The post-treatment world can be frightening for those who have been reliant on treatment programs for any amount of time. However, having a safety network is key. For many people, the typical family-based network is not an option. It is essential for these individuals to find other people they can count on to support them.
What Is a Safety Network?
People in treatment rely on a variety of resources to keep them afloat. These resources consist of people, places, and even objects that they can take pleasure in when times are good and cling to when times are bad. Resources may include:
- Medical professionals
- Comfortable place in the home
- Favorite location outside the home
- A stuffed animal from childhood
These are all examples of resources that all people, regardless of mental health and addiction, lean on each day. However, the main resource is a person’s safety network.
A safety network is a subset of resources made up of loved ones. These people are ready and willing to support the individual as they enter treatment and as they make their way back into the post-treatment world. This group can be made up of as many individuals as needed. The only prerequisite is that they care about the person going through treatment.
Why Is Family the Default Safety Network?
When most people think about their safety network, they think about family. However, this is not as true as it once was. People in treatment want to know that they trust and love the ones they rely on. For a long time, individuals and recovery programs looked to the family as the default group. However, there are now a number of differences in how people feel and how society works that have taken this preconceived notion and turned it on its head.
What Is the Concept of “Chosen Family”?
For the past century, people have accepted that family was the best option. Quite often, when people needed help, they turned to family. When doctors wanted to speak with someone regarding their patient’s health, they relied on family. However, this concept, along with that of the nuclear family, has disappeared. Some see this as a problem, but it is a sure sign that society is becoming more open and accepting of each other’s choices.
With all of this talk about the demise of the traditional family unit, a new concept has taken over. Chosen family is the term used to describe the people a person chooses to surround themselves with. These can be parents, siblings, friends, partners, spouses, etc. It does not matter how they are linked to the individual; it is their importance to them.
Medical professionals and treatment centers understand that their clients will have specific people they want both in charge of their care and as their go-to contacts. These people, this chosen family, accept certain responsibilities. They understand that they are essentially their loved one’s first line of defense. A person in treatment and entering post-treatment is often calmer and less reticent to go through with the process when they know that people who care about them are rooting them on.
How Treatment Programs Can Help Develop Safety Networks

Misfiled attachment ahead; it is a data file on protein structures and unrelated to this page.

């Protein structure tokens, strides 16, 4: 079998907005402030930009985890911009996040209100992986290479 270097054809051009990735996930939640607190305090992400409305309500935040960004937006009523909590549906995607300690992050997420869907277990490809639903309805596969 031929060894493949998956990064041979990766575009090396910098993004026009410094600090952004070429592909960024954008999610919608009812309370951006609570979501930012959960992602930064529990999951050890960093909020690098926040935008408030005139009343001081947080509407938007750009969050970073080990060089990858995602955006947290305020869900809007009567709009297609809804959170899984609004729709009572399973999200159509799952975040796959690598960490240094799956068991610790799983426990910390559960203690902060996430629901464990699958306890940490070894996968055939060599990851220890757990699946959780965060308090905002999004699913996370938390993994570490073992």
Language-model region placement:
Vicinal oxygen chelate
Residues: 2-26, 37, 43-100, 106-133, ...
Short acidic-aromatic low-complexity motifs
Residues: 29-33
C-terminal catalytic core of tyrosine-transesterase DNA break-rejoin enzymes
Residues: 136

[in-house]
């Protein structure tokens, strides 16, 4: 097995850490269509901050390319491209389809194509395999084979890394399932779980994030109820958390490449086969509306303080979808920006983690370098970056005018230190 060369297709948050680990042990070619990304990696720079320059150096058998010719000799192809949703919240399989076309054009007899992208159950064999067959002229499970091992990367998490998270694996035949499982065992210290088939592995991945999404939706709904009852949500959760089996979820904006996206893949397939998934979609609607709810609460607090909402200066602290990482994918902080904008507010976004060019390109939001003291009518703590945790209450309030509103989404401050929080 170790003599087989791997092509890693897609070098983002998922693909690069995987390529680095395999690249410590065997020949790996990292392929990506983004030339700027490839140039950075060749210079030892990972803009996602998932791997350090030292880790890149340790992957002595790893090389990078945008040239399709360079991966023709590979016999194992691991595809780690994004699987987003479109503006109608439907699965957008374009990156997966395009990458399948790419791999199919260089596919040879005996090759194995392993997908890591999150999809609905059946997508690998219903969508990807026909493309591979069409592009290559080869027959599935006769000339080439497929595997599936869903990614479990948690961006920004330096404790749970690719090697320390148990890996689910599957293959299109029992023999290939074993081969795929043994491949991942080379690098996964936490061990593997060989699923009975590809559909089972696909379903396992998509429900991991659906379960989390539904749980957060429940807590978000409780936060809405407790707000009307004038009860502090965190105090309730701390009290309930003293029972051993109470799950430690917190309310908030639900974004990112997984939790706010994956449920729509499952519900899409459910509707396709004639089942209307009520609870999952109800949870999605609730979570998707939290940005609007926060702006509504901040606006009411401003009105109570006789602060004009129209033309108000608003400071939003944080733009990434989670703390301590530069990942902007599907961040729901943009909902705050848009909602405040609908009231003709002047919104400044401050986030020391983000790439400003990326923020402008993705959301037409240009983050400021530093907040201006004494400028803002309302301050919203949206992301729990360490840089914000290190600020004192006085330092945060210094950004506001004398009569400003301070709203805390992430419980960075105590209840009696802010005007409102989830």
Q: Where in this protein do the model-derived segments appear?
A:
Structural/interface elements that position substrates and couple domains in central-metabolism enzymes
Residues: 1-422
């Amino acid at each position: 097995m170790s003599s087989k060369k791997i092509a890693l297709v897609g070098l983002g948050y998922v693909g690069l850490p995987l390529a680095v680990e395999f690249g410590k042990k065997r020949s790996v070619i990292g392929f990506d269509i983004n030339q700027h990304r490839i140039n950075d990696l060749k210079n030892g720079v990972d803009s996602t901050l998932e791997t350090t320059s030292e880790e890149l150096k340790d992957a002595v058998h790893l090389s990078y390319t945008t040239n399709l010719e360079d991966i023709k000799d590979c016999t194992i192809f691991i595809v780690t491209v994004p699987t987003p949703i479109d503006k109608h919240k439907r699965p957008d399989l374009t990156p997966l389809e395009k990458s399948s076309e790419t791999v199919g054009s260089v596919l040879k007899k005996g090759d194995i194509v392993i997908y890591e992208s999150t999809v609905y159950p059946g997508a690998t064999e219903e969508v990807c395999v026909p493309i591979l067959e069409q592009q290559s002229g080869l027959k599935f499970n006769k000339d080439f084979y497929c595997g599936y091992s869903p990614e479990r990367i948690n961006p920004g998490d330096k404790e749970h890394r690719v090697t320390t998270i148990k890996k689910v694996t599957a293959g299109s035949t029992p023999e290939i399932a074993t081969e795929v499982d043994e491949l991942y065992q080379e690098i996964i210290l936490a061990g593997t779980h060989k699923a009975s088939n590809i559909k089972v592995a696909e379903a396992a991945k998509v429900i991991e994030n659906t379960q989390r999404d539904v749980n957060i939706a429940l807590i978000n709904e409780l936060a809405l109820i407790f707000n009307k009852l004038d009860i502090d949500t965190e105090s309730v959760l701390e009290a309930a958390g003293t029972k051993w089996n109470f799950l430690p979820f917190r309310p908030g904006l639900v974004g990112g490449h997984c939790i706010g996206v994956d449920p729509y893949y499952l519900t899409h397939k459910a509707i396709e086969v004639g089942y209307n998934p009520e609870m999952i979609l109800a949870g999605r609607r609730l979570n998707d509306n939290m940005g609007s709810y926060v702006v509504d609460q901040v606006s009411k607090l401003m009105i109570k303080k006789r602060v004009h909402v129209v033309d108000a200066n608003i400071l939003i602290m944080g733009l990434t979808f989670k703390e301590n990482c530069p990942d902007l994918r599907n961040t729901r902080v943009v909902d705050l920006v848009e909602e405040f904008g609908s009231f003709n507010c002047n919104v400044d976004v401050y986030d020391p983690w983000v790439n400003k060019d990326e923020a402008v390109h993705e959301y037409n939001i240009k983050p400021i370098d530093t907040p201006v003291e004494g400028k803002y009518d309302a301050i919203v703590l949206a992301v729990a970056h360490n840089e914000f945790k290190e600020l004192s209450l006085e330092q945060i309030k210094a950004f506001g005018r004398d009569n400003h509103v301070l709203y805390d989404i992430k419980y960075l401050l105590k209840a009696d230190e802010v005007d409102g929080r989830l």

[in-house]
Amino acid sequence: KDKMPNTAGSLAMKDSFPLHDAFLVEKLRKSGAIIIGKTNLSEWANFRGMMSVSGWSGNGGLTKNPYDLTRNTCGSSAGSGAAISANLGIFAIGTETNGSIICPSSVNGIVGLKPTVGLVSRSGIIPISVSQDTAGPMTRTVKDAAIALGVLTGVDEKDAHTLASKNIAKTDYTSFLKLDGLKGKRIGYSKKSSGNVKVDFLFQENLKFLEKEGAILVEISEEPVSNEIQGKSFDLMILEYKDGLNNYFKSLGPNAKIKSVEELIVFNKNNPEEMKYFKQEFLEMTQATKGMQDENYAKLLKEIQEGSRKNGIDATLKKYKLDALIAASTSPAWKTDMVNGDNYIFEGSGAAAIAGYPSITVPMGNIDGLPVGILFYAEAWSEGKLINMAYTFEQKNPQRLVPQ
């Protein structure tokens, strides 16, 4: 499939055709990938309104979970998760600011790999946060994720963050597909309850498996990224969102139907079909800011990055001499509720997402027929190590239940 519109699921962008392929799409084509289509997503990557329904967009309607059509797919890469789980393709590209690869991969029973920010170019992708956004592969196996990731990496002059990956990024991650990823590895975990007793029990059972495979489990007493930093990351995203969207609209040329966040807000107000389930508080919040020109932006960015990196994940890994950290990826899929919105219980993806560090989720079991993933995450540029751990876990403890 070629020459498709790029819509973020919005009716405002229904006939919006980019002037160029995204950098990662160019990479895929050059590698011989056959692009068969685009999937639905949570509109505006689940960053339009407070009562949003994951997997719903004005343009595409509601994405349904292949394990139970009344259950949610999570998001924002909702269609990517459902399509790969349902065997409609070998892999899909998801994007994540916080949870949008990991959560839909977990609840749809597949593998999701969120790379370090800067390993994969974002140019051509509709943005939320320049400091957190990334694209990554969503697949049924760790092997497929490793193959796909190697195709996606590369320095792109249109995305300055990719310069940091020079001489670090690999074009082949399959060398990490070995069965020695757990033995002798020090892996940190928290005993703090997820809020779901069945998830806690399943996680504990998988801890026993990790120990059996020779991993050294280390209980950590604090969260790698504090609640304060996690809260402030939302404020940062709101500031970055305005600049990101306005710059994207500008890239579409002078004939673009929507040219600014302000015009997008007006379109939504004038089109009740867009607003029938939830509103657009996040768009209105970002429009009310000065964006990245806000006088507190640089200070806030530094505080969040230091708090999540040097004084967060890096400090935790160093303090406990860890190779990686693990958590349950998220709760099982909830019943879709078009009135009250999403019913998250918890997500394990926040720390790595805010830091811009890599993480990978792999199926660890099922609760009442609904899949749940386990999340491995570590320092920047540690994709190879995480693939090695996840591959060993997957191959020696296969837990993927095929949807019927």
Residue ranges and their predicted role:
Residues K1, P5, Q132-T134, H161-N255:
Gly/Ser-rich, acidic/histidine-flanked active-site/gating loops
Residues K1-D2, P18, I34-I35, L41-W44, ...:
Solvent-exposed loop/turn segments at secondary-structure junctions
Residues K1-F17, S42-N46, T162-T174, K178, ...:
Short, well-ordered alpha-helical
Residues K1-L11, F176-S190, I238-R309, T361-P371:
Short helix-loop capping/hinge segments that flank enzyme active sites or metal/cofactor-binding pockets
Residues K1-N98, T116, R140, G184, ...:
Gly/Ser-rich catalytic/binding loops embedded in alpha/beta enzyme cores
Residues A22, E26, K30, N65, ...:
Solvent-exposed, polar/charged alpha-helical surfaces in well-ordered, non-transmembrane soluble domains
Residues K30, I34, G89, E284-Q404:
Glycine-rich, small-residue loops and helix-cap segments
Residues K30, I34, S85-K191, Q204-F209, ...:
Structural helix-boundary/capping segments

For people who may not have strong safety networks, treatment programs are prepared to help them find and establish new ones. This is not unheard of. People who enter treatment may enter without the assistance or urging of others.
When a treatment program knows that a client does not have a safety network to lean on during or after the treatment process, they will develop an action plan to assist them. This plan will be put in place to establish better connections with the community both within the program and after treatment is complete.
One way this happens is through a case manager. This is a person whose job is to consider a client’s individual case and provide direction. Depending on the treatment program, the case manager may establish connections with support groups and organizations. These will be in place for the client as a bridge as they reenter society.
Utilizing Post-Treatment Safety Networks
If safety networks are in place or put into place, clients can feel confident that should something happen, there are people ready to help. West Coast Recovery Centers also makes sure that clients are aware that if they find themselves in need of further assistance, we are a phone call away. No client should feel left out in the cold. They are as important as alumni as they are when fully immersed in the program.
In the end, people need to know they are surrounded by people that care about their well-being. This is true during their good and bad times. West Coast Recovery Centers believes that no matter the family, even if it is chosen, plays a key role in the recovery process.
Family is an important part of the post-treatment process. However, not everyone has people related to them who can provide the assistance they need. That is why West Coast Recovery Centers is happy to support clients who see friends as their go-to safety network. It does not matter who the people are that support us, but that they can be there in our best and worst times. We are prepared to help clients create a post-treatment network of people that care about them and who will be there to applaud them through their treatment. In a post-treatment world, West Coast Recovery Centers knows that the best network is the one that can be relied on. Call us at (760) 492-6509.